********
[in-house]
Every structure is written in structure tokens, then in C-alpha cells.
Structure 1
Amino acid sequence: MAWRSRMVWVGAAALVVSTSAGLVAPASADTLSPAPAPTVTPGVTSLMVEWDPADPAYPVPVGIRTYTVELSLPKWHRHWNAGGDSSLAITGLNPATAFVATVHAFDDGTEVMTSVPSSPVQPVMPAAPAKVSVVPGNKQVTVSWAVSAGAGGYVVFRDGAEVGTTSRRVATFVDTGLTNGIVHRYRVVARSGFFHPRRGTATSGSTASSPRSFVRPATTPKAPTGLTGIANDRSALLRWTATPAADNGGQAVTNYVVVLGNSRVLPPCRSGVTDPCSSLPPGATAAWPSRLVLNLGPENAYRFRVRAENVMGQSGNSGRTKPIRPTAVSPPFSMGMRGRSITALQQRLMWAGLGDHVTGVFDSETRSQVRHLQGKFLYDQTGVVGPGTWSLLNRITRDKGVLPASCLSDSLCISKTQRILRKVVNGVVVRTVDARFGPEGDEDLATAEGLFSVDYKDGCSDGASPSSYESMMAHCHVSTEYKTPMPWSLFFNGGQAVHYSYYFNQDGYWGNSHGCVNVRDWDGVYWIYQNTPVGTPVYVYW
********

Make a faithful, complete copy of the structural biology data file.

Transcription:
[in-house]
Every structure is written in structure tokens, then in C-alpha cells.
Structure 1
Amino acid sequence: MAWRSRMVWVGAAALVVSTSAGLVAPASADTLSPAPAPTVTPGVTSLMVEWDPADPAYPVPVGIRTYTVELSLPKWHRHWNAGGDSSLAITGLNPATAFVATVHAFDDGTEVMTSVPSSPVQPVMPAAPAKVSVVPGNKQVTVSWAVSAGAGGYVVFRDGAEVGTTSRRVATFVDTGLTNGIVHRYRVVARSGFFHPRRGTATSGSTASSPRSFVRPATTPKAPTGLTGIANDRSALLRWTATPAADNGGQAVTNYVVVLGNSRVLPPCRSGVTDPCSSLPPGATAAWPSRLVLNLGPENAYRFRVRAENVMGQSGNSGRTKPIRPTAVSPPFSMGMRGRSITALQQRLMWAGLGDHVTGVFDSETRSQVRHLQGKFLYDQTGVVGPGTWSLLNRITRDKGVLPASCLSDSLCISKTQRILRKVVNGVVVRTVDARFGPEGDEDLATAEGLFSVDYKDGCSDGASPSSYESMMAHCHVSTEYKTPMPWSLFFNGGQAVHYSYYFNQDGYWGNSHGCVNVRDWDGVYWIYQNTPVGTPVYVYW